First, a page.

Last week I posted a same-sex marriage plan put forth by David Cameron's administration that puts in place four legal "locks" in order that religious organizations not be required to marry same-sex couples. Under the rules, the Church of England would be forbidden to do so in any case.
Muslim groups are now angry that the religions are being treated differently:
The Muslim Council of Britain (MCB), with more than 500 affiliated mosques, charities and schools, said it was "appalled" by "utterly discriminatory" legislation on same-sex marriage set out by the government.
The proposals would allow faith groups to conduct gay marriages but would ban the CofE and the Church in Wales from doing so.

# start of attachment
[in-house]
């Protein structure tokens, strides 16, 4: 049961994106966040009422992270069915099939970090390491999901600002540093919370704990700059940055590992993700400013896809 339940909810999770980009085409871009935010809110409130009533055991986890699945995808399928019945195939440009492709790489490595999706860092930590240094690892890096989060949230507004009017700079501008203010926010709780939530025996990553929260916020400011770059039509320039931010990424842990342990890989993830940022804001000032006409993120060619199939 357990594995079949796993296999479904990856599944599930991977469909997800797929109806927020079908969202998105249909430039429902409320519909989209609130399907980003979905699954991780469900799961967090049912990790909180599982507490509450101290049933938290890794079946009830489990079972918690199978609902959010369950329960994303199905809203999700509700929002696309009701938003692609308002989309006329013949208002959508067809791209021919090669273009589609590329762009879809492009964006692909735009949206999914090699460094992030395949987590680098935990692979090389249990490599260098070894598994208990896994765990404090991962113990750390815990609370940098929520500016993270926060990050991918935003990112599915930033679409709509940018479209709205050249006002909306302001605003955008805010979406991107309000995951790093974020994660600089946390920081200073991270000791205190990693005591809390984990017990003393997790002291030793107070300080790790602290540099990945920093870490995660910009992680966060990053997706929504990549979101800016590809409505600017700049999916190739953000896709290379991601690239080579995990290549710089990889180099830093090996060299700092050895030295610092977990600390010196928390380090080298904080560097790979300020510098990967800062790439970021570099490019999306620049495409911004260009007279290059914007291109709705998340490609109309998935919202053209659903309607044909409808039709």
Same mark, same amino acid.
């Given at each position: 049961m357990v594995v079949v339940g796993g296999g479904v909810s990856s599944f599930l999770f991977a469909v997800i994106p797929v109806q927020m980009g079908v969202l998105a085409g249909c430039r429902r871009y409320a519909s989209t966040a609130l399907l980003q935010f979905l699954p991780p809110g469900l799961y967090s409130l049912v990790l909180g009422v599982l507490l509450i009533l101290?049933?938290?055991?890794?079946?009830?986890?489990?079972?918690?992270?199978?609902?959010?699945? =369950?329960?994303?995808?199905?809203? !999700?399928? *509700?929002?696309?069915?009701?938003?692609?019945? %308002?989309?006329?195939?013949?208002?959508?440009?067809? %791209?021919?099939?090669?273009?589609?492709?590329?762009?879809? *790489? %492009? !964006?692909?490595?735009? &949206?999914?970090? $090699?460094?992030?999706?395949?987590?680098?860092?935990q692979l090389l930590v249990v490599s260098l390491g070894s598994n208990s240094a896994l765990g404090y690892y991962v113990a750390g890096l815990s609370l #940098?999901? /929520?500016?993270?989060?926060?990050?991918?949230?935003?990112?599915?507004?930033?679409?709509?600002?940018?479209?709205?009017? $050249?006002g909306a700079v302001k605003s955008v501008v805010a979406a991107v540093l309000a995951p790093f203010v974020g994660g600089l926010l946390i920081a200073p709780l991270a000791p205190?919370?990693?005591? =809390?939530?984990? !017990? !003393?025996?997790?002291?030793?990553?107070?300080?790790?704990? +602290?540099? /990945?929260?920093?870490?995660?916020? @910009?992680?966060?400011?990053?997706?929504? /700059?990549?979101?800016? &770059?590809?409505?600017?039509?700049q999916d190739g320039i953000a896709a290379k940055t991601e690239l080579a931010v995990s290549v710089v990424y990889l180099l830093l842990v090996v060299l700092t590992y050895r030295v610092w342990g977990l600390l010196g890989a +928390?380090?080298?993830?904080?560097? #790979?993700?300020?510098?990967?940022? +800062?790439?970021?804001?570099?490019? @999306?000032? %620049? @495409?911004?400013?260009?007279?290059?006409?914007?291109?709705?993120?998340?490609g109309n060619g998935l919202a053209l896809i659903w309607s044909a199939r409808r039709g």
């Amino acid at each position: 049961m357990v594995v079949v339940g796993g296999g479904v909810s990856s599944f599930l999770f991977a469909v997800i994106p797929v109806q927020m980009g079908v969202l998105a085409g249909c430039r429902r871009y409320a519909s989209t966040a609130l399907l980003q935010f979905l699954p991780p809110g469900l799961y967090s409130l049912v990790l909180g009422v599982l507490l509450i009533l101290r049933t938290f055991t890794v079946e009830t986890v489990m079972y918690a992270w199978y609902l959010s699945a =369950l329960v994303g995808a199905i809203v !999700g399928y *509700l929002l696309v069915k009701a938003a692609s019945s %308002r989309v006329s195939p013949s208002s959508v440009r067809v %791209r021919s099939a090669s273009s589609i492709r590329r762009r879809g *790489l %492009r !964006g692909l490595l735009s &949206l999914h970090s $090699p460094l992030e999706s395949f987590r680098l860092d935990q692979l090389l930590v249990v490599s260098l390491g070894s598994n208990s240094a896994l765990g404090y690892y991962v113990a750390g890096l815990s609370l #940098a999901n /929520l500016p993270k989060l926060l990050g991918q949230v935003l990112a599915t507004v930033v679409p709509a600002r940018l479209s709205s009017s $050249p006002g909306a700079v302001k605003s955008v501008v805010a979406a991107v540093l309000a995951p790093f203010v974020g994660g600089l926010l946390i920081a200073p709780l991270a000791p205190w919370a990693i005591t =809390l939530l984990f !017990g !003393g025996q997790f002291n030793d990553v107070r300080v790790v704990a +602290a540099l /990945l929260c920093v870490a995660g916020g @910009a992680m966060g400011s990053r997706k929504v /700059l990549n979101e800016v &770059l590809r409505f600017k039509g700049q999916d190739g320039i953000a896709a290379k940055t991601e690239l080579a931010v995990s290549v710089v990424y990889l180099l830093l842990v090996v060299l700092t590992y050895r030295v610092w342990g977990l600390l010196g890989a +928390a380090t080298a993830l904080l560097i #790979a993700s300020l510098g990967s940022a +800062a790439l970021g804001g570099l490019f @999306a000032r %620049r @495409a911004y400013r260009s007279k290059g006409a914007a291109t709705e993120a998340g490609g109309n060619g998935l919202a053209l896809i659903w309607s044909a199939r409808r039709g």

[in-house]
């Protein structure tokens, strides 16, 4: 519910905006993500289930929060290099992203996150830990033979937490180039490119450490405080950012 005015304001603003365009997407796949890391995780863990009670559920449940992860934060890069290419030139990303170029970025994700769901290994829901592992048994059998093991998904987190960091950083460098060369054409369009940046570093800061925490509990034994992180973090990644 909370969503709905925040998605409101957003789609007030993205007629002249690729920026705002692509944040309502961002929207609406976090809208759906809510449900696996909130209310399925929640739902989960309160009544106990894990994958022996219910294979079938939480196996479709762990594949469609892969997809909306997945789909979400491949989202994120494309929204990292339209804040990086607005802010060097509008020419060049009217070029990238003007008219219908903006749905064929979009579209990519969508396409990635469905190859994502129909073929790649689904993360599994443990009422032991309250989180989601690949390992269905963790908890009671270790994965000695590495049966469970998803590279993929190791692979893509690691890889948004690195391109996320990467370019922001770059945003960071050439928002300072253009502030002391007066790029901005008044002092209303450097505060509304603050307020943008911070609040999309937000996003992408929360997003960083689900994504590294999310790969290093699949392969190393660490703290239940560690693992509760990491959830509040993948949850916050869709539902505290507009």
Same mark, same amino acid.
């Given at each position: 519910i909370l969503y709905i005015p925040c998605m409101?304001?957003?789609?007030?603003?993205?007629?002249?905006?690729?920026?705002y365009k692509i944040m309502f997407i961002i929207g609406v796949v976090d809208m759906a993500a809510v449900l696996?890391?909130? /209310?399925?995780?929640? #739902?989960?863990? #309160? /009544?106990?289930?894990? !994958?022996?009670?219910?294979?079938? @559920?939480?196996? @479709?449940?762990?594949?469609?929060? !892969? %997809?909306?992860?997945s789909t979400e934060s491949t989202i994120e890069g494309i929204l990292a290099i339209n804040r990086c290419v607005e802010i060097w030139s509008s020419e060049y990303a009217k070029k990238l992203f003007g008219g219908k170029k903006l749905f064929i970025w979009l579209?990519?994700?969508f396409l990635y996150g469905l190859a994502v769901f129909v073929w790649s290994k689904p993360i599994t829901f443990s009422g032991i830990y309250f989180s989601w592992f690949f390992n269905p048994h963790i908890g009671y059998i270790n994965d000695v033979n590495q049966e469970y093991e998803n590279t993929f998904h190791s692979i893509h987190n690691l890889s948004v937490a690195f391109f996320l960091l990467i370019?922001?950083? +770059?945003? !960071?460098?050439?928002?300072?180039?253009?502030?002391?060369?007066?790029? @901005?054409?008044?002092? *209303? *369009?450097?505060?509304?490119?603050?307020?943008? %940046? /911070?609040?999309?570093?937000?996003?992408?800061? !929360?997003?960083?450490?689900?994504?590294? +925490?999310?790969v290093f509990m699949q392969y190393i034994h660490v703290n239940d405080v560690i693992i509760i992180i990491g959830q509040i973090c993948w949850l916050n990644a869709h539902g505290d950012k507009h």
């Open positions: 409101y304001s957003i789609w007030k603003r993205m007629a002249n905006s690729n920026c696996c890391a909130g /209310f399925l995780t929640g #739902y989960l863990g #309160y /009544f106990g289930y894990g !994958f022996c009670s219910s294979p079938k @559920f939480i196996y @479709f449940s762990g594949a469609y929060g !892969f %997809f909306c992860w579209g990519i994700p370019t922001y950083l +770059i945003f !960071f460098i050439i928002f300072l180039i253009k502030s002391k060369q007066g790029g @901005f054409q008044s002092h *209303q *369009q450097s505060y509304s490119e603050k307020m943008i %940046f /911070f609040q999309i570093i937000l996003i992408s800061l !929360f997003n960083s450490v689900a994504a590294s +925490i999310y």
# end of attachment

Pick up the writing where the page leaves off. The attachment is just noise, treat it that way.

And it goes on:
The MCB secretary-general, Farooq Murad, said his organisation had strongly opposed gay marriage alongside other religions and was seeking an urgent meeting with culture secretary, Maria Miller, to express the concerns of many Muslims over the proposals. "No one in their right mind should accept such a discriminatory law," he said. "It should be amended to give exactly the same exemption to all the religions."
The criticism from the MCB comes after the CofE last week attacked the government's lack of consultation over its gay marriage plans, saying senior ecclesiastical figures learned of them only when Miller announced them to parliament.